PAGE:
I’ve been thinking about the American Dream a lot lately. I’ve read about Jay Gatsby striving toward achieving it in F. Scott Fitzgerald’s eponymous novel, and I’ve seen it embodied by Don Draper in Mad Men. I’ve heard it touted in the rhetoric of politicians on the left and the right, and I’ve witnessed the efforts of friends try to make it a reality for undocumented immigrant youth. As I understand it, the American Dream promises the opportunity to be a successful and happy person through your own hard work and regardless of your background. It’s the ideal of a meritocracy.American sports offer similar promises. I like to think of the world of sports as a microcosm for the American Dream on the playing field. I’ve written about this before as I saw it in Sugar — a movie about a kid from the Dominican Republic who comes to America to play baseball. In fact, there are a lot of sports movies that tell similar stories — Rocky, Glory Road, Moneyball and The Blind Side to name just a few. They’re all hard-luck stories about underdogs who overcome the odds to be successful. The underdog story really is the American Dream in a nutshell, and the world of sports is littered with such stories.I thought I would write about one of these stories for my last column in The Sun. It involves a future Cornellian, so I thought it would be especially cool to mention it. It’s the story of Kareem Rosser — an African American kid from the inner-city of Philadelphia who led an all-black polo team last year to win the National Interscholastic Polo Championship (for middle and high school kids). It was the first time ever that an all-black polo team won the championship. Numerous major media outlets have picked up on the story including ESPN, Sports Illustrated, CNN, CBS and HBO, precisely because an all-black team managed to win a championship in a traditionally white-dominated sport. Of course, not many black people play polo — not many white people play polo either for that matter. Polo has traditionally been a sport for the elite — the 1 percent if you will — and is often called the “Sport of Kings.” Recognizing who usually plays polo then, what’s surprising isn’t that a team of black lower-class athletes won a championship in a sport dominated by white upper-class players, it’s that they got a chance to play to begin with. Their opportunity to play the sport wasn’t a product of achieving the American Dream, but their championship highlights the workings of the American Dream within sports. It’s a nice reminder that anybody on the playing field, or court, or rink, or pitch, etc., if given the chance and possessing the talent and work ethic, can excel regardless of background. By the way, this year Kareem Rosser’s former team once again won the men’s championship — this time with two black males and a female. That’s the beauty of sports. It’s the perfect example of the type of meritocracy that the American Dream is supposed to embody. Assuming the rules of the game aren’t rigged, the meritocracy should work just fine. Unfortunately, this isn’t always the case in sports or outside of sports. Outside of sports the conditions that are supposed to be conducive to the American Dream have probably always been less than perfect — maybe they’ve never been perfect and never will be. Many of you who are reading this might be concerned about this as you look forward to life post-graduation. It’s hard to be optimistic about the promise of the American Dream, but perhaps we shouldn’t lose hope by imaging the possibilities. Sports stories like Kareem Rosser’s provide a vision for what the American Dream and what a meritocracy can look like.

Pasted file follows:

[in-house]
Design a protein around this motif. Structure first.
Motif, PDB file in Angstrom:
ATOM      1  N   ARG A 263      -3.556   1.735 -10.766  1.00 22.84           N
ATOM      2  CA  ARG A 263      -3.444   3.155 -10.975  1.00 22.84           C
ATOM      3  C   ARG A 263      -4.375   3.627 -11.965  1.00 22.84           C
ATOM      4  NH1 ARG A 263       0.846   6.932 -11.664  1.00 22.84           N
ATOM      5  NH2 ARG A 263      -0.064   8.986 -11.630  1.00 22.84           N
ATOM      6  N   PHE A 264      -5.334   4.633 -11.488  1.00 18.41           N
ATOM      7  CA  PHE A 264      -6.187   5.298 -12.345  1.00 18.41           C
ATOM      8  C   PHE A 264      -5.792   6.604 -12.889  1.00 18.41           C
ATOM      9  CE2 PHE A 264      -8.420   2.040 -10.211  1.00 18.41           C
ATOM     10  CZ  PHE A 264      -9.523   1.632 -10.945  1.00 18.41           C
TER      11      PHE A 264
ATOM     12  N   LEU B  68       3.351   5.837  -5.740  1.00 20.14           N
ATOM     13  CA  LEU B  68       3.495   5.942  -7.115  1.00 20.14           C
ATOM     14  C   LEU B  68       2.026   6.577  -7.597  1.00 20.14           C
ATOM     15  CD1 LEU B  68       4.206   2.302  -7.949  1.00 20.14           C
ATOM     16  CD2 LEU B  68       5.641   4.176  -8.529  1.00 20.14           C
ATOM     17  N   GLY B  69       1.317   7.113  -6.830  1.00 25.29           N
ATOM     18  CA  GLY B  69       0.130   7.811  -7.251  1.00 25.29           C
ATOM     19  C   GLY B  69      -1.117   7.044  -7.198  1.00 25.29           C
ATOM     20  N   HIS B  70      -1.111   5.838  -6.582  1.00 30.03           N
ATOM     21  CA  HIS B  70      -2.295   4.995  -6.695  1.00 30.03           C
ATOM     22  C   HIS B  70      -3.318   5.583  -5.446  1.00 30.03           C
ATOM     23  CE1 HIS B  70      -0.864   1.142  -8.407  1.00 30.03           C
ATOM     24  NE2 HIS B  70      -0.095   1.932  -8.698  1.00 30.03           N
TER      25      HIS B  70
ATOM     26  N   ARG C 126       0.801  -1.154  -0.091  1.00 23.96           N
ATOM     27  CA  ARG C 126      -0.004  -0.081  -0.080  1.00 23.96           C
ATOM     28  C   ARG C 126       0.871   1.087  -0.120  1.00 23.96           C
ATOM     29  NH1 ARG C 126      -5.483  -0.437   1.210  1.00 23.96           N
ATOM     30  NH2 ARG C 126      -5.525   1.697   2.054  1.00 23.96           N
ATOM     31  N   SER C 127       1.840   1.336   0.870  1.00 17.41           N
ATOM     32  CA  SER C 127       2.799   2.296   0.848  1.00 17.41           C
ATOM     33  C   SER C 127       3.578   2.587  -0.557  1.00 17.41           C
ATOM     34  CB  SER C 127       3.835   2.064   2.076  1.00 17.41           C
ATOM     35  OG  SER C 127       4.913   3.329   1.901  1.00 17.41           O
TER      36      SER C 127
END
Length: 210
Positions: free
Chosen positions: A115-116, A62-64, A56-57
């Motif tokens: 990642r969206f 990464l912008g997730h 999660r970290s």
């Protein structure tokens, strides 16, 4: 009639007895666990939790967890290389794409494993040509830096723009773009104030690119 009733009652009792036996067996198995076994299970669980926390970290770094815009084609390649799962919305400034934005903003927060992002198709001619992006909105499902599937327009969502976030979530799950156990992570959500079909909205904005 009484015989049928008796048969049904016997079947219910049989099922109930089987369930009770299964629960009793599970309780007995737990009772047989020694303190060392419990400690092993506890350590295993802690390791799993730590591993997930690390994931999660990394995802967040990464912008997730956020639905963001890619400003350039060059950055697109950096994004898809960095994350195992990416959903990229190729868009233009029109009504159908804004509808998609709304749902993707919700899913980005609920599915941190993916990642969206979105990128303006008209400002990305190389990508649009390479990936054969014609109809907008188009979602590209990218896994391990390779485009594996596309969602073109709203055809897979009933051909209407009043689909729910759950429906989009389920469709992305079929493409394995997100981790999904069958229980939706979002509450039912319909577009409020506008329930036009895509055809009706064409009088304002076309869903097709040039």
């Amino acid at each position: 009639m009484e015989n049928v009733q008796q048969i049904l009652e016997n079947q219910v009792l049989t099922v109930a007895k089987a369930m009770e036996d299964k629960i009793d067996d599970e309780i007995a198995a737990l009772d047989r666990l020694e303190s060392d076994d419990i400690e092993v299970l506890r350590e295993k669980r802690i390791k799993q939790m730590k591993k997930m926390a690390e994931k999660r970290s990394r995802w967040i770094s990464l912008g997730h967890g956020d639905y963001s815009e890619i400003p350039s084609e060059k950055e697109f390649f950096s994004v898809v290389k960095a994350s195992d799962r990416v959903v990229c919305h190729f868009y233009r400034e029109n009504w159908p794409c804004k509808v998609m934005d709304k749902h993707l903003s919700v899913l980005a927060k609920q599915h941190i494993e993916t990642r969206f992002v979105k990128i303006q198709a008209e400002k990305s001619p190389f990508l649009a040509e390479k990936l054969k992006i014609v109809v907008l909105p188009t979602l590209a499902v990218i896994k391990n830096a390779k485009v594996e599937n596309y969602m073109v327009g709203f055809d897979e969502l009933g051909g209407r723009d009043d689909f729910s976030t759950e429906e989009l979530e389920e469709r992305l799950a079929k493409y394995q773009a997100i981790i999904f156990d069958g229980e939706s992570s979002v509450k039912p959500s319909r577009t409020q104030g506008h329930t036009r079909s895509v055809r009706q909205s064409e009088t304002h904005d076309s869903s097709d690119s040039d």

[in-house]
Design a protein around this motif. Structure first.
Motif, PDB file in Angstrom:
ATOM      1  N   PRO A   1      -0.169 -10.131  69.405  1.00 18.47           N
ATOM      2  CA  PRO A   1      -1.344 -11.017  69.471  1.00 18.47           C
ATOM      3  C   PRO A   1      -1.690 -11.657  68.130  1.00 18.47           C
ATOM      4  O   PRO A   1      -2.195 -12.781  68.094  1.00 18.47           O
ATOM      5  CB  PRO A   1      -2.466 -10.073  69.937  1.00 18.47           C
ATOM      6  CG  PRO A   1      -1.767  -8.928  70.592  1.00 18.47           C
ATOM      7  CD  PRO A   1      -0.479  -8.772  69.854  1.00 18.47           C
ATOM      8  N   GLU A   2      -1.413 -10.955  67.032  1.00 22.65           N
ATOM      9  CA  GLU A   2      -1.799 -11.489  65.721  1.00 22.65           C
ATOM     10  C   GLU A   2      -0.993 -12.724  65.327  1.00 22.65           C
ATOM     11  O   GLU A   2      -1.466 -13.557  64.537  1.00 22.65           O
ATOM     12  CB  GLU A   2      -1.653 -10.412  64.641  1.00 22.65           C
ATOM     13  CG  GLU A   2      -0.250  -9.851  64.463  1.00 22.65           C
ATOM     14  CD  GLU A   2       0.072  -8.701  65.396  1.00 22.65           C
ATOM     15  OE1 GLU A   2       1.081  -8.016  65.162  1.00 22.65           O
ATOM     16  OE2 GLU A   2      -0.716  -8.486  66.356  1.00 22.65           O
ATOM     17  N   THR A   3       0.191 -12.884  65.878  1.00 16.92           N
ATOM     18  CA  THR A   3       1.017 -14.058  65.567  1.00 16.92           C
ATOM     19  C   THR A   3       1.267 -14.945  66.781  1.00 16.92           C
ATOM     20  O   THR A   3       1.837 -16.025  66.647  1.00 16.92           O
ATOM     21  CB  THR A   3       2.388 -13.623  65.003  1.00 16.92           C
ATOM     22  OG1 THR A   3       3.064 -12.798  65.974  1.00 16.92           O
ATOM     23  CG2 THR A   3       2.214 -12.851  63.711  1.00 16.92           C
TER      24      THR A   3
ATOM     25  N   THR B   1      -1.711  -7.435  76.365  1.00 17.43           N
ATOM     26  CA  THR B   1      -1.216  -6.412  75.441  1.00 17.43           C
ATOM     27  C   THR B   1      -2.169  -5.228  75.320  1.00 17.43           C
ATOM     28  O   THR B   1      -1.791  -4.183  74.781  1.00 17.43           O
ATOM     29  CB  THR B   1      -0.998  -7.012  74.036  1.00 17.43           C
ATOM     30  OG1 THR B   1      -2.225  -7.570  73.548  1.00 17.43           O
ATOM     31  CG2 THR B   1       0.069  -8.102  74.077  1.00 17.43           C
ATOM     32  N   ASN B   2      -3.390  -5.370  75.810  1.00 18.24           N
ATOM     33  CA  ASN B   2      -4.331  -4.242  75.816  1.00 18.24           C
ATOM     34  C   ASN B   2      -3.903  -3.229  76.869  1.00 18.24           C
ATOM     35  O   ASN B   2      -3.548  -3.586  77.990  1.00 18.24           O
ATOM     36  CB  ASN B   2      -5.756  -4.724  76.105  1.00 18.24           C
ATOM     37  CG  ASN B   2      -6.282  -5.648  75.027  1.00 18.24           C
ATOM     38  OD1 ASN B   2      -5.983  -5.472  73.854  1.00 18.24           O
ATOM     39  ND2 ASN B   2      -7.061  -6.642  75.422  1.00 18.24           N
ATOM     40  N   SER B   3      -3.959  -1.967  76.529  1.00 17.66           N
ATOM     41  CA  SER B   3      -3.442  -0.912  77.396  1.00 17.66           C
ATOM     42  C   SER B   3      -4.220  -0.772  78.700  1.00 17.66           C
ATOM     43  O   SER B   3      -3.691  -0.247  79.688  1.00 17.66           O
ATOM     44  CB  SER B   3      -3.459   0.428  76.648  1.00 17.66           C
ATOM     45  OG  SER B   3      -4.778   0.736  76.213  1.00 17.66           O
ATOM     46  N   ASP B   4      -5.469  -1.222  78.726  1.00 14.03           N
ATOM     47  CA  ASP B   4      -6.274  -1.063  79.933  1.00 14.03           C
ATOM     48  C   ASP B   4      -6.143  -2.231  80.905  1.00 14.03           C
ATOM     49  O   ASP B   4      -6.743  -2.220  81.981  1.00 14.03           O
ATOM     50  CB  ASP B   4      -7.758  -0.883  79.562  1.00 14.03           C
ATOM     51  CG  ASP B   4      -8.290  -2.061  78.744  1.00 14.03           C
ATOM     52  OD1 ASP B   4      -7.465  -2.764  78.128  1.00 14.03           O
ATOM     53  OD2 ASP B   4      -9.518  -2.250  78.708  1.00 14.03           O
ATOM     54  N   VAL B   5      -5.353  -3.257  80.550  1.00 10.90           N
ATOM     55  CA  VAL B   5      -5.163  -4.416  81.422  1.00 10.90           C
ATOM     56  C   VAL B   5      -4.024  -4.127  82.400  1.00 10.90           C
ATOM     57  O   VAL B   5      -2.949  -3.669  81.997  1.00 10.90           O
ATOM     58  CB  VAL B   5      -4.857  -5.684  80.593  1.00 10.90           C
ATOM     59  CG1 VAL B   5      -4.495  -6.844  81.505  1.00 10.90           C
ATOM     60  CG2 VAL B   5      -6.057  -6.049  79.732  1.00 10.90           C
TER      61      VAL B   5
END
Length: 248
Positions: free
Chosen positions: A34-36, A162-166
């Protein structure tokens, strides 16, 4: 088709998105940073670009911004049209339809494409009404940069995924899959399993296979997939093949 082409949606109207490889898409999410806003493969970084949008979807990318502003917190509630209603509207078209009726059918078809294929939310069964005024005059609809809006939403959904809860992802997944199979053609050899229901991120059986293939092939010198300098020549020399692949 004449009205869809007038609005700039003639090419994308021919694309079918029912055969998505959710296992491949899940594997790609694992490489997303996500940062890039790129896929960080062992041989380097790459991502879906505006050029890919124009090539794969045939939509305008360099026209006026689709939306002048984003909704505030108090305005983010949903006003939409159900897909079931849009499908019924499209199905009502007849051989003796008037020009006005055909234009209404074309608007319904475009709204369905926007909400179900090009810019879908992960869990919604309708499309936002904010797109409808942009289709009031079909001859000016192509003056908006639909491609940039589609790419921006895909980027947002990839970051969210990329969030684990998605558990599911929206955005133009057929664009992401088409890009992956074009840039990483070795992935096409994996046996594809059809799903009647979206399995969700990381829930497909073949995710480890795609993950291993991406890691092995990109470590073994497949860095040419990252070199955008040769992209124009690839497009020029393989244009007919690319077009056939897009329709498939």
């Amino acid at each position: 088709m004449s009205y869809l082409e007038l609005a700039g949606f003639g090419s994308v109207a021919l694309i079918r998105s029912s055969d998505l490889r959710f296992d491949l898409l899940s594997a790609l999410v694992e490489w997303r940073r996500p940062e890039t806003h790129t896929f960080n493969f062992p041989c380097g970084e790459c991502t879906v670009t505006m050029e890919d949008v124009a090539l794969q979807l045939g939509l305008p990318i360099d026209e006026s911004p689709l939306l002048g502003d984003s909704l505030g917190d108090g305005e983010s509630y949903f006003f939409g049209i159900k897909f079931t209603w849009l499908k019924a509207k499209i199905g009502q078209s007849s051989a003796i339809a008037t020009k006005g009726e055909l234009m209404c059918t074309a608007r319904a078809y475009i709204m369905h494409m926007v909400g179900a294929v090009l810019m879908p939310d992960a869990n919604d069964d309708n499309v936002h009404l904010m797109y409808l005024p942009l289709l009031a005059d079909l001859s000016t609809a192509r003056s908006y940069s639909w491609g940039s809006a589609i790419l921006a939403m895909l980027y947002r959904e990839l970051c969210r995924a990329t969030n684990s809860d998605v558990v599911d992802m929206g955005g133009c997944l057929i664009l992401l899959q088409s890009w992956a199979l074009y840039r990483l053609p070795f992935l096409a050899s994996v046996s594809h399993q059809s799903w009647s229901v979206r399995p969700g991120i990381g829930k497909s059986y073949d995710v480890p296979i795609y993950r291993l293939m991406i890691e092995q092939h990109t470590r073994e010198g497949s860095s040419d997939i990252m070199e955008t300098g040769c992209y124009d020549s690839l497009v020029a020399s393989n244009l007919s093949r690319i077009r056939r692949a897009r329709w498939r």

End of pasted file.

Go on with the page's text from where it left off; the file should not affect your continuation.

Original Author: Brian Bencomo